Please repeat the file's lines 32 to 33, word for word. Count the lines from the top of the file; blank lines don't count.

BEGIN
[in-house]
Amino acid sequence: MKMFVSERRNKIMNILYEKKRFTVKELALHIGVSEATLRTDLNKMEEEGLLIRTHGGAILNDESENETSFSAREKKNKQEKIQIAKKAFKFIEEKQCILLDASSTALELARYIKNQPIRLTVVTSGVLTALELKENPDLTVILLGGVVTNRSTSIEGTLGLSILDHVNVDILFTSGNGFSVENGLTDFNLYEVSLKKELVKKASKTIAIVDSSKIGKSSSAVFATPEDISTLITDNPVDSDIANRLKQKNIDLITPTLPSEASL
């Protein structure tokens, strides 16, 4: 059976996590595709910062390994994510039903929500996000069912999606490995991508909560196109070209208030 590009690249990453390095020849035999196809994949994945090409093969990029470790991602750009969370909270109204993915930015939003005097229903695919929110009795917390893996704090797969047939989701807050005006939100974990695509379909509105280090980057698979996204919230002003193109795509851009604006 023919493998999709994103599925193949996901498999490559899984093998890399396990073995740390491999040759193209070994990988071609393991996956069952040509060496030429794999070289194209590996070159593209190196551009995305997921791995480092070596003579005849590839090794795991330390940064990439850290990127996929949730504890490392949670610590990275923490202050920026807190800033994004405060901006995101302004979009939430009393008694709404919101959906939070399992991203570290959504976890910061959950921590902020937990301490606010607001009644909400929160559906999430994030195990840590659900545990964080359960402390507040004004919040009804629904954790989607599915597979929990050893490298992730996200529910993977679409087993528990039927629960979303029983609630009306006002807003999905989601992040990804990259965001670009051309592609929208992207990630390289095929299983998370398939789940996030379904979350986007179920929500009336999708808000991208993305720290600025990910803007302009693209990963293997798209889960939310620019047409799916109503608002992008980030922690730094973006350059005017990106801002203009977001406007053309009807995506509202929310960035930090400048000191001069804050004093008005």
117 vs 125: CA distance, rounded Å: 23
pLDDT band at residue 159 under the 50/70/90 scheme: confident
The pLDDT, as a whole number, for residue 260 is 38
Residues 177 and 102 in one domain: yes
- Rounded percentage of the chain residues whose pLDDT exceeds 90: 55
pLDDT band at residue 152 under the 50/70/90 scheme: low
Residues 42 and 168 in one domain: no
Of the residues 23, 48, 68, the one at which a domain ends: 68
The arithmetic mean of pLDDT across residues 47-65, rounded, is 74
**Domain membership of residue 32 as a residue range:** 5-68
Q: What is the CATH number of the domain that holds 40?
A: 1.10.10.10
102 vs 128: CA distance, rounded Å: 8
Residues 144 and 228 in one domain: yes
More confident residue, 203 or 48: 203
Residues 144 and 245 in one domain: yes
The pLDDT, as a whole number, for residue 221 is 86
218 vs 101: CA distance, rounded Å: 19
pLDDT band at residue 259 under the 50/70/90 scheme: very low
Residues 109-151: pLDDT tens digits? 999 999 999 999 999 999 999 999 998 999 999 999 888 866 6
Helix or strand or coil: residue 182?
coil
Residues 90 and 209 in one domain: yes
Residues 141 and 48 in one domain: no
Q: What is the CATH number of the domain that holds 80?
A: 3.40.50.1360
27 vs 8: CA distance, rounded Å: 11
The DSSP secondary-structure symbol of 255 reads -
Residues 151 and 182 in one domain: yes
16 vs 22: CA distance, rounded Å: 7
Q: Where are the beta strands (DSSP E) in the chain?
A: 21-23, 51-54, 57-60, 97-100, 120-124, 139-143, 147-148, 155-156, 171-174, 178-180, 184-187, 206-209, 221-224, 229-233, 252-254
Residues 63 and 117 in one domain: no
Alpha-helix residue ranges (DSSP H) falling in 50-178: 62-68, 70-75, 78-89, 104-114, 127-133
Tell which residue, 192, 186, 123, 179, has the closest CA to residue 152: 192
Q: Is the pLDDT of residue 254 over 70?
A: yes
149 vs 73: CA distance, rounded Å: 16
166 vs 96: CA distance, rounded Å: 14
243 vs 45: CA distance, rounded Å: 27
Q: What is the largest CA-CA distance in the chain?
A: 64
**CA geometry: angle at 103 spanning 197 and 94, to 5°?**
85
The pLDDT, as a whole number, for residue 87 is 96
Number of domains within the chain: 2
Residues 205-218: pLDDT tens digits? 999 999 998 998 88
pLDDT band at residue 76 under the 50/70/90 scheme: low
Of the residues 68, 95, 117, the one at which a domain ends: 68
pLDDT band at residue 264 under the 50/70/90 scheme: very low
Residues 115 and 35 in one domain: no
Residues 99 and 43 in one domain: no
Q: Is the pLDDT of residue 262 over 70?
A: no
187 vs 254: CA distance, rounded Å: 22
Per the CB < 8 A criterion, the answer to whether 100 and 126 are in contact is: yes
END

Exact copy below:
Residues 151 and 182 in one domain: yes
16 vs 22: CA distance, rounded Å: 7